Congressman urges patience, resolve at ILIR meeting
By Michael Norby – Irish Emigrant – March 1, 2010
Those gathered were told to mobilize even though immigration reform looks set to be delayed until next year.
In his district of Quincy last Saturday afternoon (Feb. 27), Congressman William Delahunt addressed a large audience and offered a frank but hopeful assessment of the current state of immigration reform efforts. Speaking at the Tirrell Room on Quarry Street, the veteran politician said that it was unlikely, due to mid-term elections, that immigration reform would be given priority this year.
“The environment in Washington is best described as toxic,” said Delahunt. “These are difficult times. Ever since the financial markets reached the verge of catastrophic collapse last year, we’ve been in a difficult position and the mood is ugly.
“That has an affect on the debate on comprehensive immigration reform. Members of the House and Senate are nervous because they are standing for election this year,” he added.
With healthcare reform, the economy, and wars in Afghanistan and Iraq sure to grab the majority of the headlines in the run-up to the November mid-terms, Delahunt, a member of the judiciary committee, urged those gathered to show resolve.
“We are running out of time,” he said. “I really want to be honest with you. On August 1, we stand in recess. Then September and October will revolve around those who are seeking re-election or are running for open seats and then we get ready for the Christmas holidays. It will be difficult to find time in the legislative calendar to address the issue.”
After many years of rallies, meetings, phone calls and promises from elected officials to finally bring the matter to a successful conclusion, a further delay may not have been what undocumented Irish men and women wanted to hear, but Delahunt indicated that a lot more preparation work can be done in the meantime.
“This is a constant struggle,” he said. “If it doesn’t come to the floor of the house or the senate this year, we have to be back in 2011. I’ve made it very clear to my colleagues on the judiciary committee that if the Irish question is not solved to my satisfaction then I, and they, simply cannot support legislation that does not once and for all address the problem."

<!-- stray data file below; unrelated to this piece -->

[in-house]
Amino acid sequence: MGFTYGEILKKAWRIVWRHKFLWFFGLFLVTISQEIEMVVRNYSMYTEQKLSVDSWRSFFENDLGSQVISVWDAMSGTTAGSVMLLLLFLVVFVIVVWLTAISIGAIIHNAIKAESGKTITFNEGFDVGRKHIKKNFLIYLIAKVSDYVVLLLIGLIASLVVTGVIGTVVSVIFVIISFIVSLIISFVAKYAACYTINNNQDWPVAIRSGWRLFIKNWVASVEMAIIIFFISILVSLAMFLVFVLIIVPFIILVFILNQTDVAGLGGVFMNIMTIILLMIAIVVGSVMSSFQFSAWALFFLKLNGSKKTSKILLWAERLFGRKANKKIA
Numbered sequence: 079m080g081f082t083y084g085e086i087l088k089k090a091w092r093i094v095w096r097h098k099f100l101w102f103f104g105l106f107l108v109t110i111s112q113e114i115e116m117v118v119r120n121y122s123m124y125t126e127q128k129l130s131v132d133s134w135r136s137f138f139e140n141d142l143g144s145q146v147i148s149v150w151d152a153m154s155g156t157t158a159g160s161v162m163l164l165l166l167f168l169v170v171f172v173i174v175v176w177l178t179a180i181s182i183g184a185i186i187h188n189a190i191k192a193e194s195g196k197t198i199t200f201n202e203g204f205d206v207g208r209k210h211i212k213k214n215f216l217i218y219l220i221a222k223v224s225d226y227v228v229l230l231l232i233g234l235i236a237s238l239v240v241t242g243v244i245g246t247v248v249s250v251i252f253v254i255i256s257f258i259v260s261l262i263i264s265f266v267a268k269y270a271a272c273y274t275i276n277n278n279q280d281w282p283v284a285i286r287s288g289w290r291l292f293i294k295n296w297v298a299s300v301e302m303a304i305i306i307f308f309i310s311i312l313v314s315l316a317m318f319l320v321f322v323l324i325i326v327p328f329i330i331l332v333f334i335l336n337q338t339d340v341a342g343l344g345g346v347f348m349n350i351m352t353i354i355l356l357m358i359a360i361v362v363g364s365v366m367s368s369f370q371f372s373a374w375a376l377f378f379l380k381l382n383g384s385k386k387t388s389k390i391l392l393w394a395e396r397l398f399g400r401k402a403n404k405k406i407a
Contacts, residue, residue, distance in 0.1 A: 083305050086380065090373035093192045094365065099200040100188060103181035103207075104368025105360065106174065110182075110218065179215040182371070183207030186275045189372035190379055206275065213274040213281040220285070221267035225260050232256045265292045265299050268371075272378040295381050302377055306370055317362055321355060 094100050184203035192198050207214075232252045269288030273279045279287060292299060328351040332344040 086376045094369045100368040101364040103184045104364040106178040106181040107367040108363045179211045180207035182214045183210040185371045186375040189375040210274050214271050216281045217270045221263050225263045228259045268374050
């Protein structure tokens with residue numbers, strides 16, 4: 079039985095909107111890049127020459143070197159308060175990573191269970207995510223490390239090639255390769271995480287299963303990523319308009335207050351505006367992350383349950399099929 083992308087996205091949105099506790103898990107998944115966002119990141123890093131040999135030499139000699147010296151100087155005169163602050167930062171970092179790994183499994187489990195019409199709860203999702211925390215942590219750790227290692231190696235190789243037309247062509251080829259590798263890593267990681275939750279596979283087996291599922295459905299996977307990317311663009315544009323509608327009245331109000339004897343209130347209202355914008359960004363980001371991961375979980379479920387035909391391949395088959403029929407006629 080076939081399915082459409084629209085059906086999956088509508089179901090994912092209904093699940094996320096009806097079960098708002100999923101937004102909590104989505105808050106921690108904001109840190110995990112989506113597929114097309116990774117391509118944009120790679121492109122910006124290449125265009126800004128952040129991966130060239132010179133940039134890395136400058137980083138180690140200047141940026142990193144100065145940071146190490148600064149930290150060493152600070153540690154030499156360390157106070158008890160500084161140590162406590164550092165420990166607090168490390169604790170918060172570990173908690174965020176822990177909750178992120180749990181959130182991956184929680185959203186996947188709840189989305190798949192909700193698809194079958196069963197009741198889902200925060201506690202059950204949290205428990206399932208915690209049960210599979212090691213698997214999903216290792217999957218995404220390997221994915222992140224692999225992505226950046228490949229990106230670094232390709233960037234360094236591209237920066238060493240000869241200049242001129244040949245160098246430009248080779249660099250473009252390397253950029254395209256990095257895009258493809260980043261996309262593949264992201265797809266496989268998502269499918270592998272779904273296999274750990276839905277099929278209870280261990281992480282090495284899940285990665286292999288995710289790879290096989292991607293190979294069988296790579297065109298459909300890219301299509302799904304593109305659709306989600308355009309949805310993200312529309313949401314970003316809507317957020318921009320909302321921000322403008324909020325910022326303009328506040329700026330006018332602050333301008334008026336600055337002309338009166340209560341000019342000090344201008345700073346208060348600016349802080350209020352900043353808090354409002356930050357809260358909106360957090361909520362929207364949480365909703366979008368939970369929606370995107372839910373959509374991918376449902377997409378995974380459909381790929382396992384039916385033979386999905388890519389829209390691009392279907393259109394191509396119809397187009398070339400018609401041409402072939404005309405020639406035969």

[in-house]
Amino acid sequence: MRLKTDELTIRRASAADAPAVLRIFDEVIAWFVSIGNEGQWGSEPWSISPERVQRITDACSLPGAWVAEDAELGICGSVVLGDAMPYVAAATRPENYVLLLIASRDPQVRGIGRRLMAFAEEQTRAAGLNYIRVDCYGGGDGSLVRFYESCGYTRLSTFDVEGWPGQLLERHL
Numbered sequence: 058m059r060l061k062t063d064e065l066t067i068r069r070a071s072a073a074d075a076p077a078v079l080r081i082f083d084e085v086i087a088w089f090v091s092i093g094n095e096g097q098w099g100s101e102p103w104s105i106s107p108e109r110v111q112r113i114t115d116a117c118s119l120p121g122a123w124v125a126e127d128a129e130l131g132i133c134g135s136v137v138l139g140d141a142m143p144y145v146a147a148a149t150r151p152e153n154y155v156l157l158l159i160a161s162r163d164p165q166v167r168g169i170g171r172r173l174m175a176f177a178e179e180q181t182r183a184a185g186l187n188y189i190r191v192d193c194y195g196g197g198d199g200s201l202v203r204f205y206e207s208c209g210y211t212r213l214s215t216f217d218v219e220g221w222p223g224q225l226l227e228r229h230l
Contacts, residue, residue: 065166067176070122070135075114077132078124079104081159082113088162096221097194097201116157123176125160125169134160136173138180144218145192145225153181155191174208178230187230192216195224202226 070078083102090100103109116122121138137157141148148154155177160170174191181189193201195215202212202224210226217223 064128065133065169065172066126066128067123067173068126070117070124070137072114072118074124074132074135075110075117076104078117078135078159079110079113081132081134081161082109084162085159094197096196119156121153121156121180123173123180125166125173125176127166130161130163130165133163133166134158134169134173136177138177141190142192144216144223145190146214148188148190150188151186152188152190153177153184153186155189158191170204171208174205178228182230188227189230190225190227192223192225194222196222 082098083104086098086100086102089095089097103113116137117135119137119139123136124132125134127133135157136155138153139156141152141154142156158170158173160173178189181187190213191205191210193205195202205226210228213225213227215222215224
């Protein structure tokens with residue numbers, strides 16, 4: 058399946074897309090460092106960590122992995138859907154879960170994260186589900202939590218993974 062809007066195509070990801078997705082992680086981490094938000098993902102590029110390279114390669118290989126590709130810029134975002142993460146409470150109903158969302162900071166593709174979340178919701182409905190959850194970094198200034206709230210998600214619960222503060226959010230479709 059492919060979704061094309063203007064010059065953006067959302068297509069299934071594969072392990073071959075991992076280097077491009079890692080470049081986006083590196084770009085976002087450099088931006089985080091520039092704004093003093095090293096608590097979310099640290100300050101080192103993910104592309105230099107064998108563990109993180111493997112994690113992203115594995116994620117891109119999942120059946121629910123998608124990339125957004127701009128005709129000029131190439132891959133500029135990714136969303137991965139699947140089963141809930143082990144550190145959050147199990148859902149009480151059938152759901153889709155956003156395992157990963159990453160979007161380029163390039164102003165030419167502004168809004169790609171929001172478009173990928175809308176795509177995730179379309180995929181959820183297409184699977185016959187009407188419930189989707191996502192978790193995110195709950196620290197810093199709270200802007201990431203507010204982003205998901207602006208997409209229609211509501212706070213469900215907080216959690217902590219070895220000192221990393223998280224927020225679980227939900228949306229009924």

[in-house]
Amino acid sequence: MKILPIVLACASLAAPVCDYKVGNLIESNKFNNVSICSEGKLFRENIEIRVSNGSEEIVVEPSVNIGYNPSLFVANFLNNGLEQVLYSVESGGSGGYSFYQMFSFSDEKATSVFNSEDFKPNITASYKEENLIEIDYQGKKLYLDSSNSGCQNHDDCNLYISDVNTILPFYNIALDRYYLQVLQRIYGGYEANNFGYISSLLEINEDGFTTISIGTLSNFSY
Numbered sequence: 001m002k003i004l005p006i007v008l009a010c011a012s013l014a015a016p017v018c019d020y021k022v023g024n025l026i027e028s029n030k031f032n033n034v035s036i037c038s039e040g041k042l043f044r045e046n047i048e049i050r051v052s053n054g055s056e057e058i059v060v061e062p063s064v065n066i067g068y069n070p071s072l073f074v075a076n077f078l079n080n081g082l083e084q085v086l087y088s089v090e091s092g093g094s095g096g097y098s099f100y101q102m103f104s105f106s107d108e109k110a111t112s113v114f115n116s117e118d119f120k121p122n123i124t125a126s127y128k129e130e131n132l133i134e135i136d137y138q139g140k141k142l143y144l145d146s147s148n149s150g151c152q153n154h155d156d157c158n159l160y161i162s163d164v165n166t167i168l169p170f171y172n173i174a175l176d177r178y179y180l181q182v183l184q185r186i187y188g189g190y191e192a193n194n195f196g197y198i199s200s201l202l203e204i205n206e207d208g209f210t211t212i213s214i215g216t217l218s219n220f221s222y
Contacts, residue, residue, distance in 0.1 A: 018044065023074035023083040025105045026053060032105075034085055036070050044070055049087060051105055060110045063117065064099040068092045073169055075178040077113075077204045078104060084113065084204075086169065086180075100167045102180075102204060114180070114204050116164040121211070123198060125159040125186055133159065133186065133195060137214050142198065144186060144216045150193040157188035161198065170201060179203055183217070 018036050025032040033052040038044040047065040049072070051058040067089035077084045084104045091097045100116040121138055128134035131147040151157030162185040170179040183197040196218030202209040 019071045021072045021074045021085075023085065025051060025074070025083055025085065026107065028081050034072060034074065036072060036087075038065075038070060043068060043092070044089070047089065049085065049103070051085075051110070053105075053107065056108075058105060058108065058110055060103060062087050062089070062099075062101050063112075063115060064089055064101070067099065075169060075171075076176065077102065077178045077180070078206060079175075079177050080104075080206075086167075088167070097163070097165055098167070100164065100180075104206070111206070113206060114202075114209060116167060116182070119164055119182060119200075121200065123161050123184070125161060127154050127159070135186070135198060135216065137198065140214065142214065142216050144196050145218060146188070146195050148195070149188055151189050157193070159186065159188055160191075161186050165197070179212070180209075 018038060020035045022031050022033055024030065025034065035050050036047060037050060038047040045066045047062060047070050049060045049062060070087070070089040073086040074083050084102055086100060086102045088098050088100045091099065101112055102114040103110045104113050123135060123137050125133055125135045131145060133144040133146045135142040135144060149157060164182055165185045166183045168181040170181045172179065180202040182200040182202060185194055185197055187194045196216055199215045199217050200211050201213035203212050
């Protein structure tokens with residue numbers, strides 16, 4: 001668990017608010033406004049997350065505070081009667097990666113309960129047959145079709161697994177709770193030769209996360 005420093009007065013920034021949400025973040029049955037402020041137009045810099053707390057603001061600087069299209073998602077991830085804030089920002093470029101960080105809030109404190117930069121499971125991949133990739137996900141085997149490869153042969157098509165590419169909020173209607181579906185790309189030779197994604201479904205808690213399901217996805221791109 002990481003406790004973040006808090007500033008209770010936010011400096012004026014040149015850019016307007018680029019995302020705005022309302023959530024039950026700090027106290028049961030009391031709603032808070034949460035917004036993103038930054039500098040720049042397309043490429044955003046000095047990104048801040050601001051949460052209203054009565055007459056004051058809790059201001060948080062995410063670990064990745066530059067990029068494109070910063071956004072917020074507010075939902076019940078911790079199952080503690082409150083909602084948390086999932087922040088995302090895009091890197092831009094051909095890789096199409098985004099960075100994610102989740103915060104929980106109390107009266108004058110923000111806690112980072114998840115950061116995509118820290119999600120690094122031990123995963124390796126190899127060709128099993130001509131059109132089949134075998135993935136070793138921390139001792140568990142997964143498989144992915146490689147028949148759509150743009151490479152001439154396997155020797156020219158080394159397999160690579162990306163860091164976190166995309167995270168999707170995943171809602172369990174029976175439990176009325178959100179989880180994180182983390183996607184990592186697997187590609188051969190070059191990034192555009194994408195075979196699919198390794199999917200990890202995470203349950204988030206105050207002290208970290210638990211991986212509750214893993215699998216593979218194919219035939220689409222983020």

He called for Irish organizations and residents to flex their collective muscle to ensure that many more Irish-Americans and elected officials are fully educated about the plight of the undocumented in the United States.
“Now is the time to act,” he said. “There are so many Irish-Americans in congress that we have influence unlike any other ethnic minority in the country. Those of you in this room have to help us organize that influence.
“Identify those members who you believe you can influence,” he added. “There are too many Irish-Americans that don’t recognize the problems and most are unaware of how many young Irish men and women are living in the shadows.”
Those in attendance also heard words of support from former congressman Barry Morrison, Ciaran Staunton and Hugh Meehan from The Irish Lobby for Immigration Reform, Danny O’Connor, the national chair of the AOH, as well as representatives from the Irish Cultural Center and the GAA.
“There is no ethnic group in the country that should have the influence as significant as the American-Irish community," said Delahunt. "There exists a deep and profound affection for Ireland. Appeal to their conscience and talk about the morality of this issue.
The turnout for this event can only be described as dismal following a strong advertising campaign on the part of the ILIR. Estimates of the number those in attendance were given as approximately 100. Of that number, approximately 70 to 75 were established Irish Americans who were attending to show their support for the undocumented Irish. Congressman Delahunt’s remarks in this article were not entirely unexpected which may account for the very small number of undocumented Irish. Very frankly, they are growing weary of unfulfilled promises of immigration reform legislation that would allow them to resolve their very unenviable status and get on with their lives without the ever present stigma of illegality hanging over their heads. The U.S. government currently has an agreement with Australia that allows for 10,500 non-immigrant (temporary) visas per year to be issued to applicants from Australia with at least a Bachelor’s Degree and a promise of a job from a U.S. employer. The job must require the person filling it to have a degree. The general feeling in the undocumented Irish community in the Boston area seems to be that in consideration of all of the requirements, this type of visa would do nothing to resolve their plight. They are only interested in visas that would provide a pathway to permanent residency and eventually to American citizenship.